Mentions: Increases in synaptic strength at many glutamatergic synapses result from the insertion of AMPARs in the postsynaptic membrane, which can be seen as an increase in the ratio of AMPAR/NMDAR peak current [29]. Thus, we examined the relative contribution of NMDARs and AMPARs to stimulation in the VCN-LSO pathway before hearing onset. To minimize possible confounds from incomplete space clamp in these large cells and potential underestimation of NMDAR currents, these experiments were performed in Mg++-free ACSF. Clearly visible in all recordings before the addition of receptor subtype-specific antagonists (Fig. 3A, top) were an early, fast AMPAR-mediated peak and a later, more slowly decaying NMDAR-mediated peak. Shown in Figure 3B, for the cells in Figure 3A, are the pharmacologically isolated NMDAR components from which fractional contributions to peak current were measured. Because the mixed current at all ages was carried solely by AMPA and NMDA receptors, the AMPAR contribution could be calculated by subtracting the NMDAR-mediated current from the mixed glutamatergic current. These values were used to compute the AMPA/NMDA ratio, which increased as a function of age during the postnatal period before hearing onset (Fig 3C). In the youngest cells, NMDARs contributed a larger share to the EPSC than did AMPARs, whereas by hearing onset AMPARs contributed almost three times as much current as NMDARs. (AMPA/NMDA peak current ratio P1-P2, 0.72±0.11, n = 6; P3-P4, 0.97±0.23, n = 8; P5-P6, 1.24±0.25, n = 7; P7-P8, 1.03±0.15, n = 6; P9-P10, 1.35±0.20, n = 7; P11-12, 2.77±0.43, n = 5). This increase in the AMPA/NMDA ratio could be due to an addition of AMPARs or to a loss of NMDARs or both; linear regression for each current amplitude as function of age (Fig. 3D) offered weak support for an increase in size of the AMPAR-mediated response (slope 9.9 pA/day, r2 0.10), accompanied by a decrease in size of the NMDAR-mediated response (slope-7.5 pA/day, r2 0.072).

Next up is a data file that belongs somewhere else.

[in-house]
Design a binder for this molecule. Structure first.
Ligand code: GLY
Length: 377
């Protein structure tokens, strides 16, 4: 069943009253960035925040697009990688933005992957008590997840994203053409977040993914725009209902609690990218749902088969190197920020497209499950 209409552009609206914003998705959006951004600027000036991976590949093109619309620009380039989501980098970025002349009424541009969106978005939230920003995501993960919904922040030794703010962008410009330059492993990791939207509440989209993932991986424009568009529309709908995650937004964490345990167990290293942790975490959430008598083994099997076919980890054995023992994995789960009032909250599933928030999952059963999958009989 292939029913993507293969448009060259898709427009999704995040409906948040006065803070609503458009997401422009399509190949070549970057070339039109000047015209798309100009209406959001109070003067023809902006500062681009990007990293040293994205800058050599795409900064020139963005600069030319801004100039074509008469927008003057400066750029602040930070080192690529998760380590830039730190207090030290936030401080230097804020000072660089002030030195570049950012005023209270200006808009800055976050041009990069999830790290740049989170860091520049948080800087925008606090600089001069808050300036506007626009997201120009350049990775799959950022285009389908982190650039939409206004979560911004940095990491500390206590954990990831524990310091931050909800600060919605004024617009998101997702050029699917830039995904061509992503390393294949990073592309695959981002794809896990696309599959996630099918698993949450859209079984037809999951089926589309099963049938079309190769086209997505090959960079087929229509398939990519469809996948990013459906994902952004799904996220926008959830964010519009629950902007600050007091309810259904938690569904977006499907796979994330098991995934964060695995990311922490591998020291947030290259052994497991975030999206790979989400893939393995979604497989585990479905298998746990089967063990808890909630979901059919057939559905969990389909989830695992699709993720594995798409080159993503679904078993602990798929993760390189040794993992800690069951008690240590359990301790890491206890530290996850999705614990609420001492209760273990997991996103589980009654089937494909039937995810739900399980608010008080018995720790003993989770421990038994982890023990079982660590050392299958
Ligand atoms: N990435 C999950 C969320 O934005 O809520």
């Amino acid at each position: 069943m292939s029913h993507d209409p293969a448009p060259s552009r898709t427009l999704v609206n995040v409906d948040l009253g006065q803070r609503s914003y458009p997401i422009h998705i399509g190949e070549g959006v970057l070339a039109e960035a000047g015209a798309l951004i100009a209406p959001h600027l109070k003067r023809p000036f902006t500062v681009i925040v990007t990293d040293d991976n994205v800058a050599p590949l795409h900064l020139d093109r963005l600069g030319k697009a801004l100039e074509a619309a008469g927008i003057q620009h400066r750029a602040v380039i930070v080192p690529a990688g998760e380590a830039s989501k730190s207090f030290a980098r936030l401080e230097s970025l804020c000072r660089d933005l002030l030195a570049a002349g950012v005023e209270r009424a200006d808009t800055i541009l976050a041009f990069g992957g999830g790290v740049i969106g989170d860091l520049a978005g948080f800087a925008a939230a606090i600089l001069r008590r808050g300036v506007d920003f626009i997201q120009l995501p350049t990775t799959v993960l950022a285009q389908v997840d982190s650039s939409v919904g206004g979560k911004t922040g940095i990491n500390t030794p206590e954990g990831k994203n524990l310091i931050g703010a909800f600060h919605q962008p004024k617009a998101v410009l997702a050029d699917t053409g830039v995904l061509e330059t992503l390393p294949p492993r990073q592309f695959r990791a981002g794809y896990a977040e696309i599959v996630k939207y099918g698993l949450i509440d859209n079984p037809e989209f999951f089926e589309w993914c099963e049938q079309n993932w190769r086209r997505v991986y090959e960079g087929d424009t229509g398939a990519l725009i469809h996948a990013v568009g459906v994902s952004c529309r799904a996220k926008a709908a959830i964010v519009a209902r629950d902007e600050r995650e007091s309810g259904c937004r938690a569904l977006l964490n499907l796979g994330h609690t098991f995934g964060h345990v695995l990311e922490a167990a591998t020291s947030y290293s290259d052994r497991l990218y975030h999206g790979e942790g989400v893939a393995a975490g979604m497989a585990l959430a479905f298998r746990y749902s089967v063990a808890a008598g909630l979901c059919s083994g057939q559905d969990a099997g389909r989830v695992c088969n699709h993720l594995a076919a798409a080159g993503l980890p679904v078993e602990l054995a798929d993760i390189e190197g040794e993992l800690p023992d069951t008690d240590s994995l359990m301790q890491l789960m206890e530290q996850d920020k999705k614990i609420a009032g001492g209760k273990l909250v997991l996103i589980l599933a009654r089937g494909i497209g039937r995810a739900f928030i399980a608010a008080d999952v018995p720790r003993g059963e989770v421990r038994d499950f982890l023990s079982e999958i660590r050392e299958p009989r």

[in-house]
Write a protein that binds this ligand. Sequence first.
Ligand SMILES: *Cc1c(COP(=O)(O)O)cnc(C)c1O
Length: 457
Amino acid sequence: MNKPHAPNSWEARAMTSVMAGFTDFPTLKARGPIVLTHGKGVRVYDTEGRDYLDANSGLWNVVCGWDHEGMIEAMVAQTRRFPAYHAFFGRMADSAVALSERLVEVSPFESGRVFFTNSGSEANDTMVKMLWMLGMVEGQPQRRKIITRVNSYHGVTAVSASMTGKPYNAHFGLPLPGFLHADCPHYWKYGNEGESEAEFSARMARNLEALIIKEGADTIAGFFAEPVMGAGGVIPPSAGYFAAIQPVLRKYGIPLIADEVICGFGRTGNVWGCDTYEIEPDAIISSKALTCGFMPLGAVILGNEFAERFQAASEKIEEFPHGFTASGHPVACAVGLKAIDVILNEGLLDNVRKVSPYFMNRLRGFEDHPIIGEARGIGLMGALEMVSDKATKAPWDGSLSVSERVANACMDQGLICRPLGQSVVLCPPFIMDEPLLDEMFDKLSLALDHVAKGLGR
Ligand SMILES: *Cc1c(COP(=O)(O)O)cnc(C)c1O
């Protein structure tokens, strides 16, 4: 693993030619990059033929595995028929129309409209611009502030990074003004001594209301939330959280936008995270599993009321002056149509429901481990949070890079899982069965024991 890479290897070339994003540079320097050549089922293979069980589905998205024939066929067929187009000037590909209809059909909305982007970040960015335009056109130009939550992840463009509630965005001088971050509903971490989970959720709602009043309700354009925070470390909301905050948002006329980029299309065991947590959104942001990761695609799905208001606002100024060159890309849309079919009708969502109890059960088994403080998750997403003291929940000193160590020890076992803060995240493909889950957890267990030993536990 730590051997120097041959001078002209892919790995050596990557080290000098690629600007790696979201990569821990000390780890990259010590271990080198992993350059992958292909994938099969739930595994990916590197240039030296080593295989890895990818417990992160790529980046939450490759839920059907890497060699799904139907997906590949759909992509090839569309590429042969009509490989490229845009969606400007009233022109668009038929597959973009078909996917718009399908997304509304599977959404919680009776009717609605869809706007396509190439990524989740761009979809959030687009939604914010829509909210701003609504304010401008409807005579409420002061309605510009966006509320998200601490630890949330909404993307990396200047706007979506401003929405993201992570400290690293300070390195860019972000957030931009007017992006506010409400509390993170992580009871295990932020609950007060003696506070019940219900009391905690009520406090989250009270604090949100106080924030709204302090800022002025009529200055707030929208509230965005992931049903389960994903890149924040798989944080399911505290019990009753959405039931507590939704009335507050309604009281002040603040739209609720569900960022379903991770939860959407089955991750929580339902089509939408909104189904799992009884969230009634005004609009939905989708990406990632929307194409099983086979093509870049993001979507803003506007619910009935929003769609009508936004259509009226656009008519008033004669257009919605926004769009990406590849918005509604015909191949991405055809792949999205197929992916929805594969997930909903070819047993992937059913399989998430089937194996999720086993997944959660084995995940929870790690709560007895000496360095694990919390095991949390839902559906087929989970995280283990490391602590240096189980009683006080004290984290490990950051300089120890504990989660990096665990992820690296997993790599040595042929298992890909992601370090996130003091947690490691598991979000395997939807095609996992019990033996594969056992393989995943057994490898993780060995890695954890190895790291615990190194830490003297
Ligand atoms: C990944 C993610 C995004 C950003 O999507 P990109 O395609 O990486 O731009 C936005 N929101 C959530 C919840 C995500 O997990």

Functional refinement in the projection from ventral cochlear nucleus to lateral superior olive precedes hearing onset in rat.

Case DT, Zhao X, Gillespie DC - PLoS ONE (2011)

Fractional current mediated by AMPARs increases between birth and hearing onset.A: Representative mixed glutamatergic responses from P1, P5 and P9 neurons (average of 10 recordings), scaled to peak AMPA current; distinct AMPA and NMDA components visible in each trace. B: Same traces as in A, showing the mixed glutamatergic current, the pharmacologically isolated NMDAR component, and the response after application of AMPAR and NMDAR antagonists, D-APV and CNQX, which abolishes the glutamatergic response. All recordings in Mg++-free ACSF. Note change in scalebars for P9 recordings. C: Ratios of peak AMPA/NMDA current in 39 cells from slices P1-P12. During this period, AMPA/NMDA ratio increases as a function of age (p = 0.012, Kruskal-Wallis; P1/2 vs P9/10, p = 0.048; P7/8 vs P9/10, p = 0.30; P9/10 vs P11/12 p = 0.010; linear regression slope 0.14/day, r2 = 0.32; exponential fit r2 = 0.36). Filled black circles represent means ± SEMs at two-day intervals. Filled gray circles represent cells shown in A,B. D: Increase in AMPA/NMDA ratio with age is accompanied by small increases in average AMPA current (open circles, regressed to gray line) and decreases in average NMDAR current (filled circles, regressed to black line).